The Fort Hood police sergeant who helped take down Maj. Nidal Hasan, who was given a hero's welcome just three years ago at the president's State of the Union address, says the the president has abandoned her and her fellow comrades who were victims of the attack.
"Betrayed is a good word," former Sgt. Kimberley Munley told ABC News in an interview set to broadcast Tuesday night on "World News with Diane Sawyer" and "Nightline."
"Not to the least little bit have the victims been taken care of," she said. "In fact, they've been neglected."
Despite extensive evidence that Maj. Hasan was in communication with al Qaeda prior to the attack in November 2009, the military has designated the incident as "workplace violence." Thirteen people were killed, including a pregnant woman, and 32 others were shot.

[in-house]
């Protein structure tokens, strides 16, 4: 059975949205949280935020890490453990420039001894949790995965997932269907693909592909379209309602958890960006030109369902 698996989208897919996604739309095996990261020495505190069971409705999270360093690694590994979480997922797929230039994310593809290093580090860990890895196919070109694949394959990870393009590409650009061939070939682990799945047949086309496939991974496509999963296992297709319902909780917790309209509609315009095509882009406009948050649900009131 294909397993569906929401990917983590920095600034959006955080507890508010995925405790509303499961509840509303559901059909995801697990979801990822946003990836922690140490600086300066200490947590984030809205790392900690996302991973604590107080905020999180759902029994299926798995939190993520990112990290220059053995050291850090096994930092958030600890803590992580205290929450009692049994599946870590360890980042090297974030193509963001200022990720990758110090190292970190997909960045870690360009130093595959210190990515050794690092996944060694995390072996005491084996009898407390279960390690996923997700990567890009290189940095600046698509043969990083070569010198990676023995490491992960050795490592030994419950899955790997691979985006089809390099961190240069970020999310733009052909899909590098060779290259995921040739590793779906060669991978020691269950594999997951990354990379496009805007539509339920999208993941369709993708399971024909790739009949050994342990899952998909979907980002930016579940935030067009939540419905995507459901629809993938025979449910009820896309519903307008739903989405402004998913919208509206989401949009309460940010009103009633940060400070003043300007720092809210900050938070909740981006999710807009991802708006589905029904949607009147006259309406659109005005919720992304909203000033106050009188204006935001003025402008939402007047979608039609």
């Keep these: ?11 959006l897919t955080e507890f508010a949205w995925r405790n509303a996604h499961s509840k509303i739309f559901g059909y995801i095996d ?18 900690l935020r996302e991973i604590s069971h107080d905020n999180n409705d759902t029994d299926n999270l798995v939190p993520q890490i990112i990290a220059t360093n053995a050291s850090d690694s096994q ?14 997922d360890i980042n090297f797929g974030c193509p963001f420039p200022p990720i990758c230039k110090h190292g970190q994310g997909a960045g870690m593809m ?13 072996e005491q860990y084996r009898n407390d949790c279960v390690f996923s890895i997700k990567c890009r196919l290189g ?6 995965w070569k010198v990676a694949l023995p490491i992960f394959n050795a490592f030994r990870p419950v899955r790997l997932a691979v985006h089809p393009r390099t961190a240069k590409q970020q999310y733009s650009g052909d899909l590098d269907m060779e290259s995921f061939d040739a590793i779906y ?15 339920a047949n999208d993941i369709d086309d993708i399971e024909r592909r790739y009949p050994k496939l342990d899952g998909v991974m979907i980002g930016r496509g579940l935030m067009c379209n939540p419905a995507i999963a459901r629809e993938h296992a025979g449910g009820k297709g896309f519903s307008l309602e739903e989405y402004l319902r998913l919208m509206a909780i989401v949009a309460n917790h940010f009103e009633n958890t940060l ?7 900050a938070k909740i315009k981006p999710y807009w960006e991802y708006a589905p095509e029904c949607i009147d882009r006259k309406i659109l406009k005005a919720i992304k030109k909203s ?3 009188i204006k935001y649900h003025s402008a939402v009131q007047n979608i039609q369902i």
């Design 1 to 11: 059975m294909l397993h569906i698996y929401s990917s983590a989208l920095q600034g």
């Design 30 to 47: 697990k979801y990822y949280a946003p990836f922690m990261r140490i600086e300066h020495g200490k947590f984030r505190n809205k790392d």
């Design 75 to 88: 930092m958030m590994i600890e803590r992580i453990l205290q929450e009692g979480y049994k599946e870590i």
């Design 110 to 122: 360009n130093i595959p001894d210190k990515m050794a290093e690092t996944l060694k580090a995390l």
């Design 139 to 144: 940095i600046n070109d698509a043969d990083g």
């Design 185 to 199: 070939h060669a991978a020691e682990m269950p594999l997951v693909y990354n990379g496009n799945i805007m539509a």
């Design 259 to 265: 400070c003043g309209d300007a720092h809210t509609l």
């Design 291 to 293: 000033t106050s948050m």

Miss Munley and dozens of other victims are suing the military saying the "workplace violence" designation means they are receiving lower priority access to medical care and financial benefits that would better be available if it was classified as "combat related."
Some of the victims "had to find civilian doctors to get proper medical treatment," said the group's lawyer, Reed Rubinstein ABC News reports.
A spokesperson for the Army said its policy is not to comment on pending litigation, but that it is "not true" any of the military victims have been neglected, ABC reports.
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